A while ago a friend of mine asked me to shoot a roll of Tri-X through my Contax G2 so he could see how it performed in low-light situations, as he was thinking about getting one himself. I took a walk around my neighborhood one evening in the spring, put a roll through the camera, and these are some of the results.
One thing I notice about the shots I’ve been taking with the G2 is that my composition has been freer, less formal and less insistent on everything being nice, tidy, plumb and square. I’ve been shooting more off-angle shots and I don’t know if that’s because I’m shooting hand-held, eye-level, or because I’m trying out more ‘grab shots’ where the camera isn’t even really being brought to my eye, I’m just aiming and trusting the auto-focus. I know in the past I would have found a lot of these off-angle ‘grab shots’ objectionable and they’d have gone straight to the reject pile. But I’m reconsidering them now and I’m starting to like them. Well, maybe more appreciate them for what they are, and not reject them out of hand.
Cars at night are interesting. Depending on how you shoot them, they can be sharp, they can be blurred, or they can even disappear, leaving behind only the light trails of their head and tail lamps as proof they were once there.
The BMW was stopped fully at the traffic light when I started the exposure, but the SUV next to it was in the act of stopping, and the car turning onto 14th Street was in continuous motion.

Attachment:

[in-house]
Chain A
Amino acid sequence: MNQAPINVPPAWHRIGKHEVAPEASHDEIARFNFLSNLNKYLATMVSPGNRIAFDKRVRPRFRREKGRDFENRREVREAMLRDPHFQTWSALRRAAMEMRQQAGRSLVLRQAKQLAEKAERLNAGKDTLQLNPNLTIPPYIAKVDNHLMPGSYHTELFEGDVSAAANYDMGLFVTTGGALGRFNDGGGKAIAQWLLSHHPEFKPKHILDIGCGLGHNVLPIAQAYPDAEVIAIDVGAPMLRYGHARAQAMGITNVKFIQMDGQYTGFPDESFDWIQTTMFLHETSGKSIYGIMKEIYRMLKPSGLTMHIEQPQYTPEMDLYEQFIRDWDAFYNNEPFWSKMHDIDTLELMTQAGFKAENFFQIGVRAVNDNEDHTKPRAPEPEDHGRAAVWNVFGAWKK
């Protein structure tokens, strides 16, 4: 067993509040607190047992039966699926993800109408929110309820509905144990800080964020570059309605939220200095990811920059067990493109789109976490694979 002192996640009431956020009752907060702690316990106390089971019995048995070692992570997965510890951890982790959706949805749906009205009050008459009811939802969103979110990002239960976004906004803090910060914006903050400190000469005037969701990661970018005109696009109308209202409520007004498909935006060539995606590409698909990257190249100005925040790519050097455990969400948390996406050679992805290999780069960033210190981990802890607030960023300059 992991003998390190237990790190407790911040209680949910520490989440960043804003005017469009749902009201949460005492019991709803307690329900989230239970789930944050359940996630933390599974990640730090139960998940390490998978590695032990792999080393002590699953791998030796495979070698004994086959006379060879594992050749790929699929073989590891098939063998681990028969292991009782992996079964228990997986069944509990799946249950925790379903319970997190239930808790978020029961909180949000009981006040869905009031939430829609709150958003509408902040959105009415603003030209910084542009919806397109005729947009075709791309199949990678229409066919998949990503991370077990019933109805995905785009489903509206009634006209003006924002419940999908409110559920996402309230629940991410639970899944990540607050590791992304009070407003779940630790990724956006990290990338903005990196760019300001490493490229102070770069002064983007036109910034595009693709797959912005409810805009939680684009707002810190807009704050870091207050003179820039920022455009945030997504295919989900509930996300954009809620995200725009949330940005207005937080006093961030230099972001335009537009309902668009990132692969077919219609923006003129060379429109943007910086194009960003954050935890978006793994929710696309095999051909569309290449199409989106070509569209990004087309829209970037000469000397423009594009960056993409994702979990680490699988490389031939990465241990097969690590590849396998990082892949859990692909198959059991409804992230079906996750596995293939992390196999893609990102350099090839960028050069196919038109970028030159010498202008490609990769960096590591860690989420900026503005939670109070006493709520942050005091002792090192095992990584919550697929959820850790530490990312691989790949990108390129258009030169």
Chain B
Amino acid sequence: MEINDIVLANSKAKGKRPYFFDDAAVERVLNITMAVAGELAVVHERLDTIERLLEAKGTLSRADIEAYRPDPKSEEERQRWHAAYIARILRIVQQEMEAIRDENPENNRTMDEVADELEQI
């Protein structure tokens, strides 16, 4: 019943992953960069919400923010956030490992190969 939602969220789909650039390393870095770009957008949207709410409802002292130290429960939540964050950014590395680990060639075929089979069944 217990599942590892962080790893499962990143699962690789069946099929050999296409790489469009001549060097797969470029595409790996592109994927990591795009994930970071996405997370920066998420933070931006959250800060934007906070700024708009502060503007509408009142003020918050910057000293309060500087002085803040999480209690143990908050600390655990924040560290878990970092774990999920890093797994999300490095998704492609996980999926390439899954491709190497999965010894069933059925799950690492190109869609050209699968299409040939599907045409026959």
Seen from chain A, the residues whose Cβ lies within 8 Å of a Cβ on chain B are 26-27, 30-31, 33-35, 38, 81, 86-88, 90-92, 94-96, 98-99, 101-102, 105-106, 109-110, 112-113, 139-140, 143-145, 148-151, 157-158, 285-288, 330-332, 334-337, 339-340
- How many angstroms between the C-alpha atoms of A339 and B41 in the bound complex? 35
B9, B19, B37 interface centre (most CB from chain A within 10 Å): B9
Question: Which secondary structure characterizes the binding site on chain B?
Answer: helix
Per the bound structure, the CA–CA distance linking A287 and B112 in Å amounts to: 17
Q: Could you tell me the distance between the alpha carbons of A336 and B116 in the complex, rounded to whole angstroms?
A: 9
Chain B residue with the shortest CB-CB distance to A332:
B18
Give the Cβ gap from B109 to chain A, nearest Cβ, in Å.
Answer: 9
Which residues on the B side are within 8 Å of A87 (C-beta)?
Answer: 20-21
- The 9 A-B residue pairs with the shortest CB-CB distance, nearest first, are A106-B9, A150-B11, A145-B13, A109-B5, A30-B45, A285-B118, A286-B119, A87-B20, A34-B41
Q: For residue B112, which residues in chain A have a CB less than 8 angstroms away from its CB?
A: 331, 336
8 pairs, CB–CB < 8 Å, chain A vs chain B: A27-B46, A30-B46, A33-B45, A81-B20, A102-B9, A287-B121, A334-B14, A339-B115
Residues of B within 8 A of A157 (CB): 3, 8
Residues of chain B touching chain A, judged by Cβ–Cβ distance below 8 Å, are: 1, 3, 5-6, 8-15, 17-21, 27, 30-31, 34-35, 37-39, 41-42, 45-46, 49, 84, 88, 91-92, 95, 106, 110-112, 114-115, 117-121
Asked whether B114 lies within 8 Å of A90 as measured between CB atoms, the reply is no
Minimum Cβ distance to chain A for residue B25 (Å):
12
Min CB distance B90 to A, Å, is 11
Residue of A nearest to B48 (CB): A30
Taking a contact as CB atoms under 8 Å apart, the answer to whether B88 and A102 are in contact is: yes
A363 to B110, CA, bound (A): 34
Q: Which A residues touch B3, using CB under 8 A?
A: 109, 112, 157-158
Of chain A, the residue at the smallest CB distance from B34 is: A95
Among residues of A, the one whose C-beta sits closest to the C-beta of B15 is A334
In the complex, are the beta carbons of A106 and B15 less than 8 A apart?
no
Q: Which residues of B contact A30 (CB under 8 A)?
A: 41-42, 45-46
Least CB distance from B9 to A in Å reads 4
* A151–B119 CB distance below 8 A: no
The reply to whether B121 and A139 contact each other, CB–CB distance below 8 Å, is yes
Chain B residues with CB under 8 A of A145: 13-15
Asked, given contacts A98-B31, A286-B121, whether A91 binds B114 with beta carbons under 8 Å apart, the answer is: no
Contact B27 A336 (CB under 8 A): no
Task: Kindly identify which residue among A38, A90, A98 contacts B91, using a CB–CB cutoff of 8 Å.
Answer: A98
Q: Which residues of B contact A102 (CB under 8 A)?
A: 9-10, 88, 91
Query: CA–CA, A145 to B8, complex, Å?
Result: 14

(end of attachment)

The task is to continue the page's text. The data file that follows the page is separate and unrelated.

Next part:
Cars and people have to co-exist on city streets. Here a pedestrian follows a speeding car through the intersection, hoping to make the other side before the change of the light.
People in low light are a similar problem – they don’t ever really sit still. Combine that with needing to use large apertures with shallow depth of field in low light, and the requisite slow shutter speeds, and you have a recipe for blur. This was something else I used to always find objectionable; blurry people. Now, I think of it more as a sign of our humanity and our alive-ness.
This isn’t to say we always need to be in continuous motion – quiet contemplation in a sea of motion is often called for and a needed respite.
Architecture at twilight is in some ways easier to shoot because the subjects aren’t moving. But that still has challenges because the contrast range of dim exteriors and bright interiors, combined with hotspots from outside spot lights, can be just as difficult to balance.
The fun thing about these lighting situations, though, is that it sets up the viewer to make a psychological interrogation of the building- you are literally being pulled into the interior of the space to examine, investigate and interpret something illuminated from within that in daylight is muted if not hidden.